Hometown Tales Podcast

Monday, December 29, 2008

Fort Wayne, IN - Johnny Appleseed

Each year the people of Fort Wayne invite visitors from throughout the nation to celebrate the pioneer spirit of John Chapman, better known as “Johnny Appleseed,” Chapman was a colorful character of the Indiana frontier in the early 1800’s.

One tale talks of a settler, living on the banks of the Ohio River, who encountered a bizarre raft coming down the river. It consisted of two canoes lashed together. The lone boatman was scantily dressed, barefoot, and he wore a tin pan for a head covering. He said his name was John Chapman and that the cargo in his canoes consisted of bags of apple seed, which he had gathered about the cider presses in New York and Pennsylvania, and that he intended to plant them and grow apple trees for the settlers. Following the streams and their tributaries he stopped and planted apple seeds wherever he found suitable ground for a nursery. He enclosed these spot with fences made of brush.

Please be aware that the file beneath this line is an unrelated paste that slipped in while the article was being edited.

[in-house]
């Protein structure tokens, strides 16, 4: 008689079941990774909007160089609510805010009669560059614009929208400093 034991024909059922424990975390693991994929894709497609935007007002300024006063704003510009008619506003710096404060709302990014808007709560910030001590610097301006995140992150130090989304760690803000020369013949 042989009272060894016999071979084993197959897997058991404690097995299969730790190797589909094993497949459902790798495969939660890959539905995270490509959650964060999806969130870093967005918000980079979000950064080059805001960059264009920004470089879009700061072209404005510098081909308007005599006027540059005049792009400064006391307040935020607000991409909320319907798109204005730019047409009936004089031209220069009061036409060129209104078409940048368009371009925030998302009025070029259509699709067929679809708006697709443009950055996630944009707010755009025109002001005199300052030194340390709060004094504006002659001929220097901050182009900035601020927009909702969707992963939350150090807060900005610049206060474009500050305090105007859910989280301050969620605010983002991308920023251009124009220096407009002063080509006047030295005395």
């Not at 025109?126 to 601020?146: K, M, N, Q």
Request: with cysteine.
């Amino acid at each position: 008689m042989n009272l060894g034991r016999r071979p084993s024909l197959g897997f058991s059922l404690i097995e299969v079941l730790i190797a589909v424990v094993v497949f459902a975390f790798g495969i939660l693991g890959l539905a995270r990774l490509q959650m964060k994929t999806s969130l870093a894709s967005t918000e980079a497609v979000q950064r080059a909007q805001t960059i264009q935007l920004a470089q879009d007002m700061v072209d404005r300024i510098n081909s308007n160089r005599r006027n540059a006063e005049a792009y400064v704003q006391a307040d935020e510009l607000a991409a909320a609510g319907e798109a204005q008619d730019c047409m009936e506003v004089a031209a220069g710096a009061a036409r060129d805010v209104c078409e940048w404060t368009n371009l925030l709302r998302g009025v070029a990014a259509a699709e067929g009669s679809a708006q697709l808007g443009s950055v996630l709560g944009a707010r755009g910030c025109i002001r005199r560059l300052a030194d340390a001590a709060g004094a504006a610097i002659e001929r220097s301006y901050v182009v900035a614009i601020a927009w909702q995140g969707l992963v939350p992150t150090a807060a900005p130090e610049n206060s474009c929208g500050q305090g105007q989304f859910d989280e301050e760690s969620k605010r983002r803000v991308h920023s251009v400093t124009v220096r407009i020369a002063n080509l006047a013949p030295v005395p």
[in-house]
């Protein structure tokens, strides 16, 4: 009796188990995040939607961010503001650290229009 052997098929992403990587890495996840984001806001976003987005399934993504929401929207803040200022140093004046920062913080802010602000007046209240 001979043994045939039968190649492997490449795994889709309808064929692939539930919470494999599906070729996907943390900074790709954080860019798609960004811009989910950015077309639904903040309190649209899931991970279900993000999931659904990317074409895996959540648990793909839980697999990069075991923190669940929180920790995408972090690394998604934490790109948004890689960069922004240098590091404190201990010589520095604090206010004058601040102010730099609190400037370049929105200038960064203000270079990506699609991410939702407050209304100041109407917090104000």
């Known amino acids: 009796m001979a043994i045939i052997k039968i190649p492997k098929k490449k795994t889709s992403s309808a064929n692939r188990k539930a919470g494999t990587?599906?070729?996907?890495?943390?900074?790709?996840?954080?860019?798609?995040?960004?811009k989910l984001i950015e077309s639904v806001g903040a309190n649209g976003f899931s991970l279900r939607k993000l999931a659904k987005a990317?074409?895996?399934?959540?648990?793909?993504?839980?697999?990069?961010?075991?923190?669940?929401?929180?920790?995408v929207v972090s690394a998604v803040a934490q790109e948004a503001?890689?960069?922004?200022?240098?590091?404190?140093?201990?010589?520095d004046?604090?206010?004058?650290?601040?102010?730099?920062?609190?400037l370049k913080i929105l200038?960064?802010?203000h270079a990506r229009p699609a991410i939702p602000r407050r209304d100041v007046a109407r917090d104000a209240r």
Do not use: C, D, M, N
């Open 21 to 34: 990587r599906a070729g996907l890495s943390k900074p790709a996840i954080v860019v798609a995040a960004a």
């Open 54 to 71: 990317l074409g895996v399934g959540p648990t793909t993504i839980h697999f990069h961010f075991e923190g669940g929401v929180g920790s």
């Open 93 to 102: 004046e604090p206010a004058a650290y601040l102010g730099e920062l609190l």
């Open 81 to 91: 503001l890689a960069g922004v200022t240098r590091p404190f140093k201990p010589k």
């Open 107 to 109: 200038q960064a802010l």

Each year he returned to care for the growing trees and to plant new nurseries. When settlers came he urged them to plant trees and advised them as to what varieties to plant. He kept ahead of the settlements and each year planted apple seeds farther west. For more than forty years he kept steadily at his work, and doubtless, there is no other region in the United States where the early settlers planted so many fruit trees as were grown in Johnny Appleseed’s territory. There still remain many orchards bearing fruit on trees taken from the Appleseed nurseries.

During the latter part of his life, Chapman traveled the countryside on foot, planting orchards in Fort Wayne and surrounding areas. In the process, he became a national folk hero and his gravesite in Fort Wayne’s Archer Park has been designated a national historic landmark.